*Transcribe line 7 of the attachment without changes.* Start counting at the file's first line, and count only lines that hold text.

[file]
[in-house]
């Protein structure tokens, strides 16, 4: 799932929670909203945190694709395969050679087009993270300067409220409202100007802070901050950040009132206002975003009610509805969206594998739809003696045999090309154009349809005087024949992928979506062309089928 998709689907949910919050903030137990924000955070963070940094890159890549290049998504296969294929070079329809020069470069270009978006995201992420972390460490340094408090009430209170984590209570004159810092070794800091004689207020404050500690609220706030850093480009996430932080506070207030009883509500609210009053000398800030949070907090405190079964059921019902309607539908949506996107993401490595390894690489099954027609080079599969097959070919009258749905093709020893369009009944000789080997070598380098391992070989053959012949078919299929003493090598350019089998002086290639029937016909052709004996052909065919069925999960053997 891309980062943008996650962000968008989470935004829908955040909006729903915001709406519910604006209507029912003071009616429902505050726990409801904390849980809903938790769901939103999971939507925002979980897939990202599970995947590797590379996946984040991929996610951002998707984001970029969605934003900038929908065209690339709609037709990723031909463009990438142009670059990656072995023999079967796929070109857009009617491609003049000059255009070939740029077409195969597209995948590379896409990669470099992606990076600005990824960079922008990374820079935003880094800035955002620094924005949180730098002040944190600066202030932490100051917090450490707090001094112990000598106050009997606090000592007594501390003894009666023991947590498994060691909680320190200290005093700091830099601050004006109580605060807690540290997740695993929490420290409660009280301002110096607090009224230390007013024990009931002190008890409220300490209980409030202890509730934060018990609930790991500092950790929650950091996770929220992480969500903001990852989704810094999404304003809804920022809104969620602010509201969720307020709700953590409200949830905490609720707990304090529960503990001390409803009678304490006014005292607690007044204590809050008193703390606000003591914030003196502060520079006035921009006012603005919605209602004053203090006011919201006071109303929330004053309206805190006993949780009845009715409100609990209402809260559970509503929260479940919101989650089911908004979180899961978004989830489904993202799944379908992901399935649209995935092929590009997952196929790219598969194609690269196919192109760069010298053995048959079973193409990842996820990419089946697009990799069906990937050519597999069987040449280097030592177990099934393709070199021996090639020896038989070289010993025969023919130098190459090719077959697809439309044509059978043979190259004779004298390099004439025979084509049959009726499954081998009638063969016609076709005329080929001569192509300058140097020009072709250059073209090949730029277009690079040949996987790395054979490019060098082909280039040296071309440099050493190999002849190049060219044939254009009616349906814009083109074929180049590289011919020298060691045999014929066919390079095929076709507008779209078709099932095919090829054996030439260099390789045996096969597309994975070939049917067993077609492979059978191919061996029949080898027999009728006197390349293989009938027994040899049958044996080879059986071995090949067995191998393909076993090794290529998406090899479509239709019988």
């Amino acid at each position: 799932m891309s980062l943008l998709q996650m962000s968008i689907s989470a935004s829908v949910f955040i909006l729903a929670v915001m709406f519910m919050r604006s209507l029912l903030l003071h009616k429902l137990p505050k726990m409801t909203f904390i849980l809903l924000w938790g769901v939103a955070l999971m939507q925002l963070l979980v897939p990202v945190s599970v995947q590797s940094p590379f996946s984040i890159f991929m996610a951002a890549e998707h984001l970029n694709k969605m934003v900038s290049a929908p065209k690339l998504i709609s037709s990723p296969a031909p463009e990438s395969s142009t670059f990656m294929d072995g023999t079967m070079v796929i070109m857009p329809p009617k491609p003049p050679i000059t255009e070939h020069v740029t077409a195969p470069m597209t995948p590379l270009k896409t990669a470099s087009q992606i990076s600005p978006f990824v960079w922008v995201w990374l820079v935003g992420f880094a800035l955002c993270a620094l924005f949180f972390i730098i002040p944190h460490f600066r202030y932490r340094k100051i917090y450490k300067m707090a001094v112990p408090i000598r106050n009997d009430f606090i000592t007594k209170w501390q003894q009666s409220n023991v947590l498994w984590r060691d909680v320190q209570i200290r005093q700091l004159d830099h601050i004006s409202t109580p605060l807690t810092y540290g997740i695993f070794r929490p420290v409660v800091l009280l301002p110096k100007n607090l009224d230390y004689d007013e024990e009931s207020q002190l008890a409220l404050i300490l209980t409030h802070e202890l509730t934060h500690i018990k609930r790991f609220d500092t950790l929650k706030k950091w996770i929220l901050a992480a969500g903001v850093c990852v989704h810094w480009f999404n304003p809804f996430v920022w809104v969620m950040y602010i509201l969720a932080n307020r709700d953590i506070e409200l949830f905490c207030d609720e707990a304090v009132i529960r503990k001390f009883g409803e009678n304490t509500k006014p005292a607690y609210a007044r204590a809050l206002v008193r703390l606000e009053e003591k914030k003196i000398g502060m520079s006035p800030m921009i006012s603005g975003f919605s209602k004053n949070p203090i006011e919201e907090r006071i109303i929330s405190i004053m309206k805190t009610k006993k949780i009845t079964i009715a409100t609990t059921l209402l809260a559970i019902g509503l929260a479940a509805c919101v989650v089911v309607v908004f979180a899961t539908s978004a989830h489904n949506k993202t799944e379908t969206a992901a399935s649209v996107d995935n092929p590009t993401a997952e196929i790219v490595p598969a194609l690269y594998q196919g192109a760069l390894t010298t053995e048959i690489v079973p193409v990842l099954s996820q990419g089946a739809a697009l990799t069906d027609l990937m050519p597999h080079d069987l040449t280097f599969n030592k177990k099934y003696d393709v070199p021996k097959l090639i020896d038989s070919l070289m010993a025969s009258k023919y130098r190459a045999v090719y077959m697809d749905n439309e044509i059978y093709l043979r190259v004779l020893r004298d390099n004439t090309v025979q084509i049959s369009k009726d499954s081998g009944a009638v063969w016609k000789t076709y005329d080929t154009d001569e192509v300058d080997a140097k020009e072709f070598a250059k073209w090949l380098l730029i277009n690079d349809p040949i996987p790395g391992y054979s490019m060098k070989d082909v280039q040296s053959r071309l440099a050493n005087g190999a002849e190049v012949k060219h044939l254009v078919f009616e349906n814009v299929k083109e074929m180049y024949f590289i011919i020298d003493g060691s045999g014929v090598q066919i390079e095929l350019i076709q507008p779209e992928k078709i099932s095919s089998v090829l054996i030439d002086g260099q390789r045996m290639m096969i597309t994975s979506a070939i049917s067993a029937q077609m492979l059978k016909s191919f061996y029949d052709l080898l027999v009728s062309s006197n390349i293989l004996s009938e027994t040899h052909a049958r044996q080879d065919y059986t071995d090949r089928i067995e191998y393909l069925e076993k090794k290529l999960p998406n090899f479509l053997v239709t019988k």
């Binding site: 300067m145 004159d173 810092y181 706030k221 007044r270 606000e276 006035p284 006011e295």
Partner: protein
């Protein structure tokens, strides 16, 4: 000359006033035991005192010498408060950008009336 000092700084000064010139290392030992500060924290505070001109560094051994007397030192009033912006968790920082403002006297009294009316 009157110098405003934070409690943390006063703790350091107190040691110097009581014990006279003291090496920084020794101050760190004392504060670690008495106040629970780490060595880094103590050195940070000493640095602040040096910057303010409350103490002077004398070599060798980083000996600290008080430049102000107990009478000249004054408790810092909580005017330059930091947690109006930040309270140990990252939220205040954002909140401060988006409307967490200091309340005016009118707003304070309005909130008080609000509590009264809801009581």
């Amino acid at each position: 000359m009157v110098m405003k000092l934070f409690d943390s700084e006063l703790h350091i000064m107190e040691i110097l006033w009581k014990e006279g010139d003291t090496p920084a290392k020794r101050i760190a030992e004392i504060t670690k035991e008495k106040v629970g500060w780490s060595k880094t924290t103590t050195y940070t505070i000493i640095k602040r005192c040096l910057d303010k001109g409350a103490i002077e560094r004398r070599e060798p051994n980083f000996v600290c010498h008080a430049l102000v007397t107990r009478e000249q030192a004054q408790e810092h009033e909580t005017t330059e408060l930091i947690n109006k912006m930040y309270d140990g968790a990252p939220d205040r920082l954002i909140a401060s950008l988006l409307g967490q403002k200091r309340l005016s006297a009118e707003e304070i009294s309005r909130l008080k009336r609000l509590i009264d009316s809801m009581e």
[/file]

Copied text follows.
């Amino acid at each position: 000359m009157v110098m405003k000092l934070f409690d943390s700084e006063l703790h350091i000064m107190e040691i110097l006033w009581k014990e006279g010139d003291t090496p920084a290392k020794r101050i760190a030992e004392i504060t670690k035991e008495k106040v629970g500060w780490s060595k880094t924290t103590t050195y940070t505070i000493i640095k602040r005192c040096l910057d303010k001109g409350a103490i002077e560094r004398r070599e060798p051994n980083f000996v600290c010498h008080a430049l102000v007397t107990r009478e000249q030192a004054q408790e810092h009033e909580t005017t330059e408060l930091i947690n109006k912006m930040y309270d140990g968790a990252p939220d205040r920082l954002i909140a401060s950008l988006l409307g967490q403002k200091r309340l005016s006297a009118e707003e304070i009294s309005r909130l008080k009336r609000l509590i009264d009316s809801m009581e």